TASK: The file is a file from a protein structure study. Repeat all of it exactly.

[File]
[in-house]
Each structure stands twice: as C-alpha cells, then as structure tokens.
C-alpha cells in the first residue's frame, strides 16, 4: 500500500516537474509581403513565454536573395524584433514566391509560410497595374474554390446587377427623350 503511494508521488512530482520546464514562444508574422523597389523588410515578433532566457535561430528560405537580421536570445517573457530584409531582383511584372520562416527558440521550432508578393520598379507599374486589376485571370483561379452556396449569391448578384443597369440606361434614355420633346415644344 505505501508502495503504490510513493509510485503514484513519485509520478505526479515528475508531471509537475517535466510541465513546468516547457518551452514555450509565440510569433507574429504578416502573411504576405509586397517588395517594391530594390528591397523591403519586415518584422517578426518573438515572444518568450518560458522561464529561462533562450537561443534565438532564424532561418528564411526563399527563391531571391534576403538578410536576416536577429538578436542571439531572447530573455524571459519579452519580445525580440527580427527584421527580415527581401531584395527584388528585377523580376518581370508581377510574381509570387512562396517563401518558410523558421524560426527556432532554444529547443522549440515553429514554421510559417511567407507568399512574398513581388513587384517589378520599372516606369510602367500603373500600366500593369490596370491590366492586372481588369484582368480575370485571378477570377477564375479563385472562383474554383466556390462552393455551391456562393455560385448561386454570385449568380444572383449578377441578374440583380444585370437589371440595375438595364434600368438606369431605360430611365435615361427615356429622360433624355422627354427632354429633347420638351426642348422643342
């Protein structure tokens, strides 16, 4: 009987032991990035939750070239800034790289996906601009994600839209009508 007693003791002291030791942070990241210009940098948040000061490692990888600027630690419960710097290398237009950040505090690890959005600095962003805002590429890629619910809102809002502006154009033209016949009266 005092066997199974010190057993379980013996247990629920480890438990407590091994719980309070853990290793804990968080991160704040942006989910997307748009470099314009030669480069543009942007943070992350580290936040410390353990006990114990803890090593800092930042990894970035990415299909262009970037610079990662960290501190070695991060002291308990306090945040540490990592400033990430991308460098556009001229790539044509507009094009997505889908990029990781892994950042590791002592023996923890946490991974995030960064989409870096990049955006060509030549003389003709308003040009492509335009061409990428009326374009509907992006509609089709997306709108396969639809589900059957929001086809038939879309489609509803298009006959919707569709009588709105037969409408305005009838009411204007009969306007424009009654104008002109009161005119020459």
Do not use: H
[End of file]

[in-house]
Each structure stands twice: as C-alpha cells, then as structure tokens.
C-alpha cells in the first residue's frame, strides 16, 4: 500500500516537474509581403513565454536573395524584433514566391509560410497595374474554390446587377427623350 503511494508521488512530482520546464514562444508574422523597389523588410515578433532566457535561430528560405537580421536570445517573457530584409531582383511584372520562416527558440521550432508578393520598379507599374486589376485571370483561379452556396449569391448578384443597369440606361434614355420633346415644344 505505501508502495503504490510513493509510485503514484513519485509520478505526479515528475508531471509537475517535466510541465513546468516547457518551452514555450509565440510569433507574429504578416502573411504576405509586397517588395517594391530594390528591397523591403519586415518584422517578426518573438515572444518568450518560458522561464529561462533562450537561443534565438532564424532561418528564411526563399527563391531571391534576403538578410536576416536577429538578436542571439531572447530573455524571459519579452519580445525580440527580427527584421527580415527581401531584395527584388528585377523580376518581370508581377510574381509570387512562396517563401518558410523558421524560426527556432532554444529547443522549440515553429514554421510559417511567407507568399512574398513581388513587384517589378520599372516606369510602367500603373500600366500593369490596370491590366492586372481588369484582368480575370485571378477570377477564375479563385472562383474554383466556390462552393455551391456562393455560385448561386454570385449568380444572383449578377441578374440583380444585370437589371440595375438595364434600368438606369431605360430611365435615361427615356429622360433624355422627354427632354429633347420638351426642348422643342
């Protein structure tokens, strides 16, 4: 009987032991990035939750070239800034790289996906601009994600839209009508 007693003791002291030791942070990241210009940098948040000061490692990888600027630690419960710097290398237009950040505090690890959005600095962003805002590429890629619910809102809002502006154009033209016949009266 005092066997199974010190057993379980013996247990629920480890438990407590091994719980309070853990290793804990968080991160704040942006989910997307748009470099314009030669480069543009942007943070992350580290936040410390353990006990114990803890090593800092930042990894970035990415299909262009970037610079990662960290501190070695991060002291308990306090945040540490990592400033990430991308460098556009001229790539044509507009094009997505889908990029990781892994950042590791002592023996923890946490991974995030960064989409870096990049955006060509030549003389003709308003040009492509335009061409990428009326374009509907992006509609089709997306709108396969639809589900059957929001086809038939879309489609509803298009006959919707569709009588709105037969409408305005009838009411204007009969306007424009009654104008002109009161005119020459």
Do not use: H